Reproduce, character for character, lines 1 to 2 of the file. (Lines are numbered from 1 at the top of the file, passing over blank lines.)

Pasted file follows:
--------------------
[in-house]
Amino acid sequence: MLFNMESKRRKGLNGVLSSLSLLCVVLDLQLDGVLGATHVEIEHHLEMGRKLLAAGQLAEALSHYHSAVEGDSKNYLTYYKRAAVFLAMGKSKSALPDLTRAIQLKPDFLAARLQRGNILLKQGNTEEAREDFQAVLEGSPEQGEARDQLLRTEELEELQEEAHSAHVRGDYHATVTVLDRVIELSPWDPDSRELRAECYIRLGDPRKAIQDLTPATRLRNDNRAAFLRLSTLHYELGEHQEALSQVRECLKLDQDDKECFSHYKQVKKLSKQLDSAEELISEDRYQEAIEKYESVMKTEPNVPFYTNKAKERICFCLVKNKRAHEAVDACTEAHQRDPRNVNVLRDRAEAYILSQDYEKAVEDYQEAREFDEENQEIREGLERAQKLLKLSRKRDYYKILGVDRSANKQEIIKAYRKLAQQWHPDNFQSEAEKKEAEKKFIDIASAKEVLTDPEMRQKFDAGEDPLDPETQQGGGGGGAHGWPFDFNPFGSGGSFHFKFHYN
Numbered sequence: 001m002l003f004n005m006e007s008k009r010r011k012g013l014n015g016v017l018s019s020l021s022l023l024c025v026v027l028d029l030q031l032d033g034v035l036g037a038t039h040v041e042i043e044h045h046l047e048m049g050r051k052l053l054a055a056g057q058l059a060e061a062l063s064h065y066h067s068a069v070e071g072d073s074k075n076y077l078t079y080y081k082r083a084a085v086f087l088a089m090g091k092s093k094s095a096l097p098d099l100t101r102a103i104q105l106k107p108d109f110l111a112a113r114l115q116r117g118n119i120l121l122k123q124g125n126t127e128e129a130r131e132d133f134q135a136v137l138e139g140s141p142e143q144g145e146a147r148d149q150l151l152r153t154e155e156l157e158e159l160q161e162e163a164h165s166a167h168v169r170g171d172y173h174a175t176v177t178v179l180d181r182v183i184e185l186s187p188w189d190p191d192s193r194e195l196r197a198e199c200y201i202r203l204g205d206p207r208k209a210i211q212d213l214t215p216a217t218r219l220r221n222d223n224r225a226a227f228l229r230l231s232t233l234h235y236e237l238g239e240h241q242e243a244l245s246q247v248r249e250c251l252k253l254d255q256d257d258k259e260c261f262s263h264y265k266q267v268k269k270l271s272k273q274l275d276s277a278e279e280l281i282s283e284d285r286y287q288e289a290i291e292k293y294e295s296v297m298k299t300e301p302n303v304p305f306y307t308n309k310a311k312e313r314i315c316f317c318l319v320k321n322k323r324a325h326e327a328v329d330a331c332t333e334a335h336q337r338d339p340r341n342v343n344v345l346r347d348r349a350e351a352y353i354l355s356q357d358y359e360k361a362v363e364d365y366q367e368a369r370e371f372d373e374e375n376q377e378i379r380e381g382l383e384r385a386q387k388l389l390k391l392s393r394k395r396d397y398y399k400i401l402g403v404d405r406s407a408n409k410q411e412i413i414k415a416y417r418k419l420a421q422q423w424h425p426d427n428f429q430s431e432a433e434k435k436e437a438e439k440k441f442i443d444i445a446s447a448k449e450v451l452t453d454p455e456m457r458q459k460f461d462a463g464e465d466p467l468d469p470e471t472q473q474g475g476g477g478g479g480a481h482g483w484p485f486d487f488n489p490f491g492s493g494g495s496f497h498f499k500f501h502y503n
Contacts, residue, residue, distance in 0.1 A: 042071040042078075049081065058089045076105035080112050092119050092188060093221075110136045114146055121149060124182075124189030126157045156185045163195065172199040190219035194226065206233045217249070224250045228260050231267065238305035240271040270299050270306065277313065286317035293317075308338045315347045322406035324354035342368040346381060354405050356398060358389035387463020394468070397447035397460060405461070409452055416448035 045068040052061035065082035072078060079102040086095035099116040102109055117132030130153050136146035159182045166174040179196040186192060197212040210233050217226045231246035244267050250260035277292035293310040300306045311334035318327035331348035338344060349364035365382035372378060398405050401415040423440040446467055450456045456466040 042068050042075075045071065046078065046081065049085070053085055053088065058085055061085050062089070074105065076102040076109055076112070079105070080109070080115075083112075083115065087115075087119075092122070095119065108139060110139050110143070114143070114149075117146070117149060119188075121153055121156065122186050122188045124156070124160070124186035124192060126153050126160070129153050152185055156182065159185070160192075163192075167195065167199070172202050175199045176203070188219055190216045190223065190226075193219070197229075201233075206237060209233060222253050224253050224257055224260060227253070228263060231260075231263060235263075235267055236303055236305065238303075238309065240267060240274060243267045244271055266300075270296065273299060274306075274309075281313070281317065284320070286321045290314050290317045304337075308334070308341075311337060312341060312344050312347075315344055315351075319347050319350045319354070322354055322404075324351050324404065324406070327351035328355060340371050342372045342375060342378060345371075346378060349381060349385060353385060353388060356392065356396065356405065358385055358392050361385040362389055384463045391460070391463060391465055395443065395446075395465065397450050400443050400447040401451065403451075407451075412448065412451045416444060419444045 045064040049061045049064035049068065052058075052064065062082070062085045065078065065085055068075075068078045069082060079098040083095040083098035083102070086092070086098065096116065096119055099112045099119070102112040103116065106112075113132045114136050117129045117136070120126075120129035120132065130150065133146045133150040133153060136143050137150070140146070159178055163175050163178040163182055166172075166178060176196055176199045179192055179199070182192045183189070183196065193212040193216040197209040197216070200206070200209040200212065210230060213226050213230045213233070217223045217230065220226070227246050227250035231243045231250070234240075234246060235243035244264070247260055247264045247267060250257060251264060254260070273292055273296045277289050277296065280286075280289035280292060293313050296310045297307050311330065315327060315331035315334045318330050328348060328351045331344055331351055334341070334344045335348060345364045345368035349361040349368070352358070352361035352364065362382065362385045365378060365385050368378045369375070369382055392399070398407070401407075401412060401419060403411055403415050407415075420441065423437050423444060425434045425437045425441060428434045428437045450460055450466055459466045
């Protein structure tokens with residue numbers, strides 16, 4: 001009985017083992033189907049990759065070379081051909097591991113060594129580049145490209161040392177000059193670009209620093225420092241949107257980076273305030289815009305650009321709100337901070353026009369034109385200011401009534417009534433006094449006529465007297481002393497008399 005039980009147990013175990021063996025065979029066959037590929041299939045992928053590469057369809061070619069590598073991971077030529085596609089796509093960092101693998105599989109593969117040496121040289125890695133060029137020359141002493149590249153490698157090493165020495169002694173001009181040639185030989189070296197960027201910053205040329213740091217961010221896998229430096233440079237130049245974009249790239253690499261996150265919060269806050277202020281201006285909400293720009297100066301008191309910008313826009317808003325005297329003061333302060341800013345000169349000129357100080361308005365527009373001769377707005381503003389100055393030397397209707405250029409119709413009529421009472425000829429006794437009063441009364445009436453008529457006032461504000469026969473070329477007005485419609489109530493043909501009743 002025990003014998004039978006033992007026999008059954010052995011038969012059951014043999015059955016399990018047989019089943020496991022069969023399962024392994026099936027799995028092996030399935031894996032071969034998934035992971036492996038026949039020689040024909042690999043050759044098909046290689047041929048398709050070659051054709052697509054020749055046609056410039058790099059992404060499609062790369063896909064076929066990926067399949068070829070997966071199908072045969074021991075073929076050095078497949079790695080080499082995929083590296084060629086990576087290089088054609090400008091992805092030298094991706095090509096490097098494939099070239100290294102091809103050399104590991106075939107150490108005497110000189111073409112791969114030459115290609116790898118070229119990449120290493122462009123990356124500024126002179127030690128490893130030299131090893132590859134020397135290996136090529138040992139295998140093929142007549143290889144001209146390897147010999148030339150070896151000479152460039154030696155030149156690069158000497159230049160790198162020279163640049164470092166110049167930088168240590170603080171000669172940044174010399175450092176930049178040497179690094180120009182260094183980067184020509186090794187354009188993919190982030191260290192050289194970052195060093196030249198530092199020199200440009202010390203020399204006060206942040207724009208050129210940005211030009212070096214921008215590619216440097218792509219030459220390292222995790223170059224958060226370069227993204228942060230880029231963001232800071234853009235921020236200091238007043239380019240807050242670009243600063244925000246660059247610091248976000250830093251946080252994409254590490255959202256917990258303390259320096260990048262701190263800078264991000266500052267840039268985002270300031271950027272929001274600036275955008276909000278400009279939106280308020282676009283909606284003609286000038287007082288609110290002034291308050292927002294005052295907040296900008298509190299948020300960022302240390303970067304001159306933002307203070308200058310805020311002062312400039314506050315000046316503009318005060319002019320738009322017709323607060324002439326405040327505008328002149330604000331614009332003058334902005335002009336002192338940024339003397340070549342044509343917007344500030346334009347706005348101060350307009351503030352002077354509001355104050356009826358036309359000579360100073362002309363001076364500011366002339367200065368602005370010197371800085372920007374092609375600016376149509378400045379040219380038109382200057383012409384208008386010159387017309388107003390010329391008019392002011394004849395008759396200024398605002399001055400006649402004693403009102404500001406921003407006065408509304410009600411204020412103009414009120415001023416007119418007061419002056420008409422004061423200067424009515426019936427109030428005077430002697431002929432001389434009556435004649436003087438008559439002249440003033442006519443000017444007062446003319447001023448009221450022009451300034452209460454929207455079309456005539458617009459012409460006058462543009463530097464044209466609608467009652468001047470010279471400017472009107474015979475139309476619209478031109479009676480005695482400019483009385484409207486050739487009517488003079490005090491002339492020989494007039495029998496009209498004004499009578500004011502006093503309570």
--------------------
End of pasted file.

[in-house]
Amino acid sequence: MLFNMESKRRKGLNGVLSSLSLLCVVLDLQLDGVLGATHVEIEHHLEMGRKLLAAGQLAEALSHYHSAVEGDSKNYLTYYKRAAVFLAMGKSKSALPDLTRAIQLKPDFLAARLQRGNILLKQGNTEEAREDFQAVLEGSPEQGEARDQLLRTEELEELQEEAHSAHVRGDYHATVTVLDRVIELSPWDPDSRELRAECYIRLGDPRKAIQDLTPATRLRNDNRAAFLRLSTLHYELGEHQEALSQVRECLKLDQDDKECFSHYKQVKKLSKQLDSAEELISEDRYQEAIEKYESVMKTEPNVPFYTNKAKERICFCLVKNKRAHEAVDACTEAHQRDPRNVNVLRDRAEAYILSQDYEKAVEDYQEAREFDEENQEIREGLERAQKLLKLSRKRDYYKILGVDRSANKQEIIKAYRKLAQQWHPDNFQSEAEKKEAEKKFIDIASAKEVLTDPEMRQKFDAGEDPLDPETQQGGGGGGAHGWPFDFNPFGSGGSFHFKFHYN